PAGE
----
Moles, also called nevi, are small, colored (pigmented) marks on the skin. They have no known purpose. Many moles appear before age 30, but they also increase frequently as people age. Moles most often are not cancer (benign) and are harmless. But some become cancerous (malignant). That’s why you need to watch the moles on your body and tell your healthcare provider about any that concern you.
What are moles?
Moles are a type of pigmented mark. Freckles are another type of pigmented mark. They are often sprinkled across the bridge of the nose, the cheeks, and the arms. Moles can appear on any part of the body. There are many types, sizes, and shapes of moles. Most moles are solid brown. In most cases they are flat or dome-shaped, smooth, and have well-defined edges.
Why worry about moles?
Most moles are benign and don’t require treatment. You can have moles removed if you don’t like the way they look or feel. But moles may become a problem if they appear after you are 30, or if they change in certain ways. These moles may turn into melanoma, a type of skin cancer. Melanoma is one of the fastest growing cancers in the U.S. It is often curable if caught early. But this disease can be life-threatening, particularly when not diagnosed early. Your risk for melanoma is higher if you:
Have a lot of moles
Have had more lifetime exposure to the sun
Have had severe blistering sunburns
Use tanning beds
Have a personal or family history of skin cancer
To manage your risk, it’s smart to check your moles for changes and ask your healthcare provider to do a thorough skin exam when you have a physical exam. To do this, you first need to learn where your moles are. Then, be sure to check your moles each month.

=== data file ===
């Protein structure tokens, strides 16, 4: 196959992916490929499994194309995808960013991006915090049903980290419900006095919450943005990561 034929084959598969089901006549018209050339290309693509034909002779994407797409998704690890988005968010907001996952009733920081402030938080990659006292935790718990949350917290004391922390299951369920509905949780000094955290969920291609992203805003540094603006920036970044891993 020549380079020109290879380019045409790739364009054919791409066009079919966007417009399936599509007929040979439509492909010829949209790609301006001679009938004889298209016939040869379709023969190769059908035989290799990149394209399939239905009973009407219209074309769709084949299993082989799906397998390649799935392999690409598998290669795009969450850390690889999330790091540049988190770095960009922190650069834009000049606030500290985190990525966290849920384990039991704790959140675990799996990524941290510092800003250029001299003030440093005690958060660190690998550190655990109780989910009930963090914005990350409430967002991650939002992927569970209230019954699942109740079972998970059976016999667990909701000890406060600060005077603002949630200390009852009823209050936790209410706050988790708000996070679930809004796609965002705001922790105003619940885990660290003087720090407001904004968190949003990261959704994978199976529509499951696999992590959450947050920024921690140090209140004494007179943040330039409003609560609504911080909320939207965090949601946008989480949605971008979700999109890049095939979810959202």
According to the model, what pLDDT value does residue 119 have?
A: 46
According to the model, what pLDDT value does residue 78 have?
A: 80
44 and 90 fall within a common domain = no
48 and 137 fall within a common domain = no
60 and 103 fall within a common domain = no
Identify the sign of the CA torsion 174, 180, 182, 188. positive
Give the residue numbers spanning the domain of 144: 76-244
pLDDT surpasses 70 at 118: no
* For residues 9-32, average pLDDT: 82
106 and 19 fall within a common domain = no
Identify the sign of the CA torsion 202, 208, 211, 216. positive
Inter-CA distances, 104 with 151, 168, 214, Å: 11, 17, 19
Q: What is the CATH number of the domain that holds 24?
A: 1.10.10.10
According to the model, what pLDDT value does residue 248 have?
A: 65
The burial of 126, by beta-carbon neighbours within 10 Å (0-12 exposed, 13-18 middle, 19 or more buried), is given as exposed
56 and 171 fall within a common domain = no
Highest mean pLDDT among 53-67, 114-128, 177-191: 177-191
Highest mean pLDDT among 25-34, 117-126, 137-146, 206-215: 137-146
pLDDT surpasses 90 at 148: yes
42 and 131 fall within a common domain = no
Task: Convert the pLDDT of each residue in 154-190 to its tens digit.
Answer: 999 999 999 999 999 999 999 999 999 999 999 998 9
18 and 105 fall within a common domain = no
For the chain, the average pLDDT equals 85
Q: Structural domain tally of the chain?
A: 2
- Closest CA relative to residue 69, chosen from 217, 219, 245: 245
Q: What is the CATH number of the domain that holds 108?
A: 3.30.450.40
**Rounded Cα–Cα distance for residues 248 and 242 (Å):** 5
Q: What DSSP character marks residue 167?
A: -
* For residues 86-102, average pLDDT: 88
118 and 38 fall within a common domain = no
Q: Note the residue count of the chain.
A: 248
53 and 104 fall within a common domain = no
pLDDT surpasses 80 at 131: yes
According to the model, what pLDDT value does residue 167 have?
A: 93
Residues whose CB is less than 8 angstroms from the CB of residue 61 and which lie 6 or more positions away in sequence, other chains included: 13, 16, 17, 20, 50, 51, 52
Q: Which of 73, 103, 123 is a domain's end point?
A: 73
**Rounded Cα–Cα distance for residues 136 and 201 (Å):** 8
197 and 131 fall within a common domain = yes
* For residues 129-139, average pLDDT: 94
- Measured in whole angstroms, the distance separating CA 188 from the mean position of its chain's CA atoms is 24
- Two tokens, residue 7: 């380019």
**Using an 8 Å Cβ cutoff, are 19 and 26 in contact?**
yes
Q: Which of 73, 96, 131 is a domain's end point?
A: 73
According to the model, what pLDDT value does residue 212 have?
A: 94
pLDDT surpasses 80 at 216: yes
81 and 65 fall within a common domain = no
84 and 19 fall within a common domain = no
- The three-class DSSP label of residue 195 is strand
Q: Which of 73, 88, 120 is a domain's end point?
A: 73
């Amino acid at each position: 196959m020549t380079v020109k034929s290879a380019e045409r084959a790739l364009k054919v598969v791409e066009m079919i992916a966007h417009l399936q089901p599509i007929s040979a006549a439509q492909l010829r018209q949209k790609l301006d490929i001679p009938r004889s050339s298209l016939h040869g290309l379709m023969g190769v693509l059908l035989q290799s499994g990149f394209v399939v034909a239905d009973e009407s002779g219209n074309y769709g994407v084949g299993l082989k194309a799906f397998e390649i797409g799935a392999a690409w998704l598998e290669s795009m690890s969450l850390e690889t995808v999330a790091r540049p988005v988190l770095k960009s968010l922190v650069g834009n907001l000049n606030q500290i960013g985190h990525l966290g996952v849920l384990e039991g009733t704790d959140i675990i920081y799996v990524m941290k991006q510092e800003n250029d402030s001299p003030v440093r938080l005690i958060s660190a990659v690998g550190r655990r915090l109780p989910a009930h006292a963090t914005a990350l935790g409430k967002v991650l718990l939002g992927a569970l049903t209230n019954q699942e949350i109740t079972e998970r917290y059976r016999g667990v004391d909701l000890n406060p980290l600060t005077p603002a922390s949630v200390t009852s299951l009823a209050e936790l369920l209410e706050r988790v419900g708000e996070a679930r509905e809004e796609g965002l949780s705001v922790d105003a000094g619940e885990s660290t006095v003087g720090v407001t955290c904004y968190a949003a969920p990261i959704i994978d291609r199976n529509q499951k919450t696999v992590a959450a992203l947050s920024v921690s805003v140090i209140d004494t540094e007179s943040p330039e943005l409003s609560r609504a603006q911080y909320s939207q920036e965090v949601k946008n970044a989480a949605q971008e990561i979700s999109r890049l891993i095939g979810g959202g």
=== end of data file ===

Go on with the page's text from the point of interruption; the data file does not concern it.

Checking your moles
You can check many of your moles each month. You can do this right after you shower and before you get dressed. Check your body from head to toe. Then, make a list of your moles. If you find any new moles or changes in your moles, call your healthcare provider. To check your moles, you’ll need:
If you have a lot of moles, take digital photos of them. Make sure to take photos both up close and from a distance. These can help you see if any moles change over time.
When to seek medical treatment
See your healthcare provider if your moles hurt, itch, ooze, bleed, thicken, become crusty, or show other changes. Also, be sure to call your health care provider if your moles show any of the following signs of melanoma:
A change in size, shape, color, or height
The sides don’t match (asymmetry)
Ragged, notched, or blurred borders
Different colors within the same mole
Size is larger than 5 mm or 6 mm in diameter (the size of a pencil eraser)